At the core of this lifelong mapping process is a software algorithm capable of merging visual data from multiple traversals through the same environment, recorded under potentially very different appearance conditions, into a single, geometrically consistent map. This process is fully automated, resulting in having a multi-appearance map ready for reliable localization after traversing through the environment only a handful of times beforehand.
Further, continuously updating this map over time naturally captures structural change in the environment. This way events like remodeling of rooms, construction sites or temporary modifications in street or room layouts don’t disrupt everyday operations. These changes are detected automatically and swiftly incorporated into the lifelong map. In particular, no expert knowledge or intervention is necessary at any point in the process. Just as generating the initial map of the environment can be done by anyone without any prior training or expert know-how, updating the maps at any later point is done automatically by Alphasense Position. This considerably lowers the costs of maintaining the system in a long-term horizon.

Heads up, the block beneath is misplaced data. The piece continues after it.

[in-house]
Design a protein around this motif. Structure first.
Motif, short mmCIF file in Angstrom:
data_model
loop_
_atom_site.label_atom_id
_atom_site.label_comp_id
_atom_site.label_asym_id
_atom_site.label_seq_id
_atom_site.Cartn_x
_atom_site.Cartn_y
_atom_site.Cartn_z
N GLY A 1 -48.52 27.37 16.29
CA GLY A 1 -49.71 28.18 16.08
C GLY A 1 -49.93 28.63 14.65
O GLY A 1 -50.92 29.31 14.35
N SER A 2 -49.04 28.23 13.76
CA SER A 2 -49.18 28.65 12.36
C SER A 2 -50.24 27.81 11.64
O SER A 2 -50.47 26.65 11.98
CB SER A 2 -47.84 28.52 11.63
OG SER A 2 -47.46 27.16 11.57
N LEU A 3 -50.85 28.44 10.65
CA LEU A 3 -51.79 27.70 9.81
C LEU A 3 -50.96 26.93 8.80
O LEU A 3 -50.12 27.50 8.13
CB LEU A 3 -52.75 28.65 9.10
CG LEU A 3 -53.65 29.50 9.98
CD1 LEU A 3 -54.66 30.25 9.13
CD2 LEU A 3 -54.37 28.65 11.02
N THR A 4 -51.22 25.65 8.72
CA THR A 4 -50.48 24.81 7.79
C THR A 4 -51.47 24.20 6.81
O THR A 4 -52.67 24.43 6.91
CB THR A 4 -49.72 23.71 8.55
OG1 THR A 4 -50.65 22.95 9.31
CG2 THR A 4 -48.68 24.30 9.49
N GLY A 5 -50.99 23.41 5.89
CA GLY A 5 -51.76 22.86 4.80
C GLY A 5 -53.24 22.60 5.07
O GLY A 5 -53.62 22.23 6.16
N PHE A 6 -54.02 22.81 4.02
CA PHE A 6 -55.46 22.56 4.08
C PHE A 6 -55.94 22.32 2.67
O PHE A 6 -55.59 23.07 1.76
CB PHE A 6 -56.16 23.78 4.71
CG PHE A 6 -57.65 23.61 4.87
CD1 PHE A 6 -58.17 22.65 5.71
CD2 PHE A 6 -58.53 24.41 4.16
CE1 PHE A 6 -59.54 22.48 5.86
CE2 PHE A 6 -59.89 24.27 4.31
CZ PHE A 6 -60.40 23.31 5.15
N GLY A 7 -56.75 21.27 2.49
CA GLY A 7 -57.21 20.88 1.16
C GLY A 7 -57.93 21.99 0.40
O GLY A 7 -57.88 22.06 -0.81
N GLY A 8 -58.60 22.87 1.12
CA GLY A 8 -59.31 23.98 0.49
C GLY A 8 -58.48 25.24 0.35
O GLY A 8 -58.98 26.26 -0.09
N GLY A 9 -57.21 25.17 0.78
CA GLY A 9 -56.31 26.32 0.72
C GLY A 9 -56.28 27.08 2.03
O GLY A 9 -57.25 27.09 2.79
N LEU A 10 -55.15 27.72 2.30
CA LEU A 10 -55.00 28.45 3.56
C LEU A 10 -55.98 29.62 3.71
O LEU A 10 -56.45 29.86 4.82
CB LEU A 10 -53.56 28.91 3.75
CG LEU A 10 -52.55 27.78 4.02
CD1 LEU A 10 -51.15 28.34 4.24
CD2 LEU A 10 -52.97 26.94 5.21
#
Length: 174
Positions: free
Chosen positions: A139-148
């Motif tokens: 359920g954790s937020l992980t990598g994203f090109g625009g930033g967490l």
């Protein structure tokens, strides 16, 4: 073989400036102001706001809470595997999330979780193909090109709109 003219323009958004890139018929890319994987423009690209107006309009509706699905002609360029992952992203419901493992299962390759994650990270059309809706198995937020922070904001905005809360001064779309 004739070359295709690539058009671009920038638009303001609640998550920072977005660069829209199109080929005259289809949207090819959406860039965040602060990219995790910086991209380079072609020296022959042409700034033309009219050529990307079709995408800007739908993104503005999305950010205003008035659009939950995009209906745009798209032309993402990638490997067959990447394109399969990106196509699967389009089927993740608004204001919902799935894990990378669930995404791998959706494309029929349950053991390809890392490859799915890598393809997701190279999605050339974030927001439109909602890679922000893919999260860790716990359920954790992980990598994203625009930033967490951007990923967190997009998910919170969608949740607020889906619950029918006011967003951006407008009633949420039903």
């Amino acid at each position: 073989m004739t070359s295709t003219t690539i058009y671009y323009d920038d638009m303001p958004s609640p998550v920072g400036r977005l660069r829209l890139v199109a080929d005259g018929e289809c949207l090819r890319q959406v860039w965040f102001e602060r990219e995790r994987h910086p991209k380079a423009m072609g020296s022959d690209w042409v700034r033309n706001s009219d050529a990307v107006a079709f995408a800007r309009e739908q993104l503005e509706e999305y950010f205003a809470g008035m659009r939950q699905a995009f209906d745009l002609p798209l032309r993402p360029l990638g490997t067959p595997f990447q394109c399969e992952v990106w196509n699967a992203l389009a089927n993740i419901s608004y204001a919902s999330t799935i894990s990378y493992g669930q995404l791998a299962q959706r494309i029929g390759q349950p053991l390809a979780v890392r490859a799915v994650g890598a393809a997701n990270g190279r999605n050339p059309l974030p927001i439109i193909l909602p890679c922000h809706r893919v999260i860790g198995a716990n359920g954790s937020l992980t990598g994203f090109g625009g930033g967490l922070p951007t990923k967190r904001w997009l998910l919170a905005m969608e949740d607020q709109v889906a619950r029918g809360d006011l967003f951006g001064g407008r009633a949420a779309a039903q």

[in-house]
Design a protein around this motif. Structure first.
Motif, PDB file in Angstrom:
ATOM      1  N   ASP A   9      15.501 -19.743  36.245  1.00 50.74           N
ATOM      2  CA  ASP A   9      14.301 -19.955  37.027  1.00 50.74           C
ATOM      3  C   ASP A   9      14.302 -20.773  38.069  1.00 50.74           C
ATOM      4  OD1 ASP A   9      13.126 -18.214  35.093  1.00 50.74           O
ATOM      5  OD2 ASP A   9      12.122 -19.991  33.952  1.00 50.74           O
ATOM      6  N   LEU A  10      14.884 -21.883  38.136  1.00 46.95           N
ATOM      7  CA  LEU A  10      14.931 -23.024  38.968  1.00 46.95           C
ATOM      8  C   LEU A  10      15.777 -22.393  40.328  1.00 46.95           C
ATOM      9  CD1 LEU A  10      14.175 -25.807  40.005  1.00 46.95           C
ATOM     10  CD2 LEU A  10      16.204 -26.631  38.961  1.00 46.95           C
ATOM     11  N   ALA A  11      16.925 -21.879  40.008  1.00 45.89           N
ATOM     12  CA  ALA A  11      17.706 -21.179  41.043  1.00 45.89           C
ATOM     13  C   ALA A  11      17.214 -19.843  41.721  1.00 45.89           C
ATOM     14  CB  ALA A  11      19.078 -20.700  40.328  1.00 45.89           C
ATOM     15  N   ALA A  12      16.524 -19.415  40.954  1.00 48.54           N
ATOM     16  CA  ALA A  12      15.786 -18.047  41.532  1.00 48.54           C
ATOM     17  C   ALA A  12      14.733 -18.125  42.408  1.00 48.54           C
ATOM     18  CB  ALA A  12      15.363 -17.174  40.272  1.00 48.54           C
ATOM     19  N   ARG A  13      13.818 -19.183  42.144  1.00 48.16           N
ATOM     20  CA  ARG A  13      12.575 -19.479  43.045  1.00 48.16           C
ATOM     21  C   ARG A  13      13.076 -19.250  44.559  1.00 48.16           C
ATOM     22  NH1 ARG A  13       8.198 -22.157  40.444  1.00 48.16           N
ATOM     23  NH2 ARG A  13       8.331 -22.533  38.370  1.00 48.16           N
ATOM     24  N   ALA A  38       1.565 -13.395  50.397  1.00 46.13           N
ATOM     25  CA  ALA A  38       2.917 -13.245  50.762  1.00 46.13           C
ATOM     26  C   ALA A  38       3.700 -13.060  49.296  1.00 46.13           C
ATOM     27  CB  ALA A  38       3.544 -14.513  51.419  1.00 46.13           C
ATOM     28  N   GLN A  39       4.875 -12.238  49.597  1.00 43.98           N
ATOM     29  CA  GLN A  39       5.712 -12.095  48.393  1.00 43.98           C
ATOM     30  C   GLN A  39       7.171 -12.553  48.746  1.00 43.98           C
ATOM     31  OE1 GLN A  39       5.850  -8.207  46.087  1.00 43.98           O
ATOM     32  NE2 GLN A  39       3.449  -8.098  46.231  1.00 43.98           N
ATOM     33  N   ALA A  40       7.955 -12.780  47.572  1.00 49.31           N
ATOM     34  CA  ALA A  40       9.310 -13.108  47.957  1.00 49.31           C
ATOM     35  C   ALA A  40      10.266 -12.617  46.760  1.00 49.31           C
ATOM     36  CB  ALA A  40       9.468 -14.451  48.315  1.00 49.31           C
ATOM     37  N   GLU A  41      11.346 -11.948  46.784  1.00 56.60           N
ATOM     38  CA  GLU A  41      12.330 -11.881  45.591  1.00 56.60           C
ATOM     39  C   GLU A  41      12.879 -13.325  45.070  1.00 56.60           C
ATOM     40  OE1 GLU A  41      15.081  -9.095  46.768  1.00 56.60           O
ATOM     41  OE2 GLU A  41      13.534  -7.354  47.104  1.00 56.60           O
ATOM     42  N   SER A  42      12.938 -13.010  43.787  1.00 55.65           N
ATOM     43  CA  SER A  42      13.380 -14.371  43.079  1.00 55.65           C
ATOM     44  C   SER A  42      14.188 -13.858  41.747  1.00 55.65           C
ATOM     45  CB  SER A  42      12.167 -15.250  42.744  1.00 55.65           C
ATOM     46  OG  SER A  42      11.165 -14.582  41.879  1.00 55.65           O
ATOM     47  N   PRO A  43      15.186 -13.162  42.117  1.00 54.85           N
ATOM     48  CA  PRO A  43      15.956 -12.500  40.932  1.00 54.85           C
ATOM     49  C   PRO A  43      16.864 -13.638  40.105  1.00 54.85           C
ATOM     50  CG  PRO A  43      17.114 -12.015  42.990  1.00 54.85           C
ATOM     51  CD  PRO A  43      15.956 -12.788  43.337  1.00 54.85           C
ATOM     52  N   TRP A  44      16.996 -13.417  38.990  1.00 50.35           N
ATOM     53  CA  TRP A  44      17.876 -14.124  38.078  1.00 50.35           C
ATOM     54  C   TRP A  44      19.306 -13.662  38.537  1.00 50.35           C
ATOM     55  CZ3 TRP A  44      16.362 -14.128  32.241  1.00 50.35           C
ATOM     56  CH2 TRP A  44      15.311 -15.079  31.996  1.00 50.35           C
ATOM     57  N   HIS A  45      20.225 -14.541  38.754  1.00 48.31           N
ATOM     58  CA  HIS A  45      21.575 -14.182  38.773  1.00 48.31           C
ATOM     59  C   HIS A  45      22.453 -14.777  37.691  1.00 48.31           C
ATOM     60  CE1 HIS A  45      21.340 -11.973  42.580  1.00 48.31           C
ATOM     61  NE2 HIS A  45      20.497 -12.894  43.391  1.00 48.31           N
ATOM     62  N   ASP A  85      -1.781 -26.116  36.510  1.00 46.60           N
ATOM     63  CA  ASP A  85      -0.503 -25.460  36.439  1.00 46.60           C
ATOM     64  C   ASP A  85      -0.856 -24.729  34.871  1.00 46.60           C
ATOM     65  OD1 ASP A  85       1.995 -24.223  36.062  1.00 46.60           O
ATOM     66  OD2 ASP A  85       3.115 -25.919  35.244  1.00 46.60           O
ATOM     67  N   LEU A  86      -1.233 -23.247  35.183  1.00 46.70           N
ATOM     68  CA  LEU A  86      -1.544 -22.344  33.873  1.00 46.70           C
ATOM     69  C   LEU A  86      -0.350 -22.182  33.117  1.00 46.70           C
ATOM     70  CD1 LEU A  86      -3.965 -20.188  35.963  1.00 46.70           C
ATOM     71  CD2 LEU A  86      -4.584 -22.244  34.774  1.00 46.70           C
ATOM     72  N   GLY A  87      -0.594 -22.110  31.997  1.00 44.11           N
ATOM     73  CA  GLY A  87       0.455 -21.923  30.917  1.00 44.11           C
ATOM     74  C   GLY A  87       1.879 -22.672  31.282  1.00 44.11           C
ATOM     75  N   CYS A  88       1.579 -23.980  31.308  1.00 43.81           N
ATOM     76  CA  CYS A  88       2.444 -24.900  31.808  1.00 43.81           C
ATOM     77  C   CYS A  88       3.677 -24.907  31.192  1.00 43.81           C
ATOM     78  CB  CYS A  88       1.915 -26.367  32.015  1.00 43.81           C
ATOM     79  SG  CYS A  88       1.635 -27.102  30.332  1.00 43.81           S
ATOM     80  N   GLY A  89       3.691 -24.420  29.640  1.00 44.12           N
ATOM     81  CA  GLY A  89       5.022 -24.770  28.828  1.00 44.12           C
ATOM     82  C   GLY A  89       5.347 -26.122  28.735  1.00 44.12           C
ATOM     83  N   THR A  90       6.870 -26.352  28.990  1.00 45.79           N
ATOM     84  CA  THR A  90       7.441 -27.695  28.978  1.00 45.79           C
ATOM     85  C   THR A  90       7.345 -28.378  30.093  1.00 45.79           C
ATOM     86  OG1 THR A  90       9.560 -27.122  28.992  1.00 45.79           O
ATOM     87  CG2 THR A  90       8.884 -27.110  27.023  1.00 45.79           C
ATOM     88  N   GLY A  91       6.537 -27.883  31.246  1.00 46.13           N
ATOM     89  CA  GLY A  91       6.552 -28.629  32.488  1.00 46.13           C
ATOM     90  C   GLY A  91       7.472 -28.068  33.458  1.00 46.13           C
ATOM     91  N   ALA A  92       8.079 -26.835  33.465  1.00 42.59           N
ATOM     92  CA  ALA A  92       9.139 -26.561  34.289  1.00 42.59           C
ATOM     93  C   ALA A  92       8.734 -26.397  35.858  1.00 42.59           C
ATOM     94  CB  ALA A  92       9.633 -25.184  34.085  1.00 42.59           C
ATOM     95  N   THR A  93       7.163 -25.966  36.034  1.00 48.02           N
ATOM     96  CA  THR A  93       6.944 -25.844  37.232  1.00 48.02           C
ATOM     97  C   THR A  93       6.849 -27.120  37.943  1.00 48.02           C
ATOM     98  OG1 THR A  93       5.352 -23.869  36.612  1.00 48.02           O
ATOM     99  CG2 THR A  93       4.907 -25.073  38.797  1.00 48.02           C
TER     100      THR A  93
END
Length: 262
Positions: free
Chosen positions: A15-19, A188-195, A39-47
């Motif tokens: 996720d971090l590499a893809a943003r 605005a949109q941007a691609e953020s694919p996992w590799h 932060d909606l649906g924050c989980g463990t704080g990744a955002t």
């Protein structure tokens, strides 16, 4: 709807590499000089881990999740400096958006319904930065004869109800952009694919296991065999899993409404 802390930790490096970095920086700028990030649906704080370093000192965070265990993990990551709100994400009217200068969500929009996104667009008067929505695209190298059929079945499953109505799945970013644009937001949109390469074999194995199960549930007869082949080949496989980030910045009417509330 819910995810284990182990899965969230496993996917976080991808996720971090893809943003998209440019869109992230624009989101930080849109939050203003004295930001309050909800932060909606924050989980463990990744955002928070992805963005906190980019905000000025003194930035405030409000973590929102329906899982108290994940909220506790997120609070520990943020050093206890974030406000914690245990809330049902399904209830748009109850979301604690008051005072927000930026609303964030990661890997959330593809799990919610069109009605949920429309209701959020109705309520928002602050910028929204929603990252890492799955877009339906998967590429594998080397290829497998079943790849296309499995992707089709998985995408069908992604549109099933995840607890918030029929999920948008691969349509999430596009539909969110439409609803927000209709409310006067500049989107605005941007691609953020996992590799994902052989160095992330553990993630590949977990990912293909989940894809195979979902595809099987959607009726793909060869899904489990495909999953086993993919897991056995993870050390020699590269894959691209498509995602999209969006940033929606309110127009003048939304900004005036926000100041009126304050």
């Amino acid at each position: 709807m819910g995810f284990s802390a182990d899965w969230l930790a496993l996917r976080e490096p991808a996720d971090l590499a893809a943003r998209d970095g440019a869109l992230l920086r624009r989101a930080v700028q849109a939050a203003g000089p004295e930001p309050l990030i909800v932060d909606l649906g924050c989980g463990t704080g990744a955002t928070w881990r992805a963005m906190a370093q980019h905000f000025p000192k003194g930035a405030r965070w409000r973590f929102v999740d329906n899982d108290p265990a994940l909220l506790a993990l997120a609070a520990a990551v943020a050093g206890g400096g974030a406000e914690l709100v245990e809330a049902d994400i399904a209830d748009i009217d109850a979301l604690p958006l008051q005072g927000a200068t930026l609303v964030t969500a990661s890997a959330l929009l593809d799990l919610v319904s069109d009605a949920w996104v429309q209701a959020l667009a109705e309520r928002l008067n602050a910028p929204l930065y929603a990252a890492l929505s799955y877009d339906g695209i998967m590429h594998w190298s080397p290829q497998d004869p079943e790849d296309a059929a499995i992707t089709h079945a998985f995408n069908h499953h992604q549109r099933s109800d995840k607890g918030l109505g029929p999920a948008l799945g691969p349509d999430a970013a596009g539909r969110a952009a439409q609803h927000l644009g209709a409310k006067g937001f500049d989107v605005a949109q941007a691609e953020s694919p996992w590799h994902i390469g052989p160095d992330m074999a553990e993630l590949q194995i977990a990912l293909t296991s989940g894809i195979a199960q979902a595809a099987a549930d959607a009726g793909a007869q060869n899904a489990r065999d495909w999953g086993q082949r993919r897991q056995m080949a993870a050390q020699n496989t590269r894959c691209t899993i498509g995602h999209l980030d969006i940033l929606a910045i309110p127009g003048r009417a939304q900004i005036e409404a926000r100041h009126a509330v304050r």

Vision is the optimal solution for indoor- and outdoor self-localization
By employing this lifelong mapping technique, vision overcomes its limitations and turns out to be the go-to technology for cost-effective, but still reliable and accurate self-localization both indoors and outdoors. In particular, it offers seamless transition from indoor to outdoors and vice-versa, as the same camera sensors and the same map can be used to localize in both types of environments. This is a fundamental advantage over any technology primarily relying on GPS for outdoor localization and navigation that can revolutionize the logistics, delivery, cleaning or supply chain processes.
"By employing this lifelong mapping technique, vision turns out to be the go-to technology for cost-effective, but still reliable and accurate self-localization both indoors and outdoors."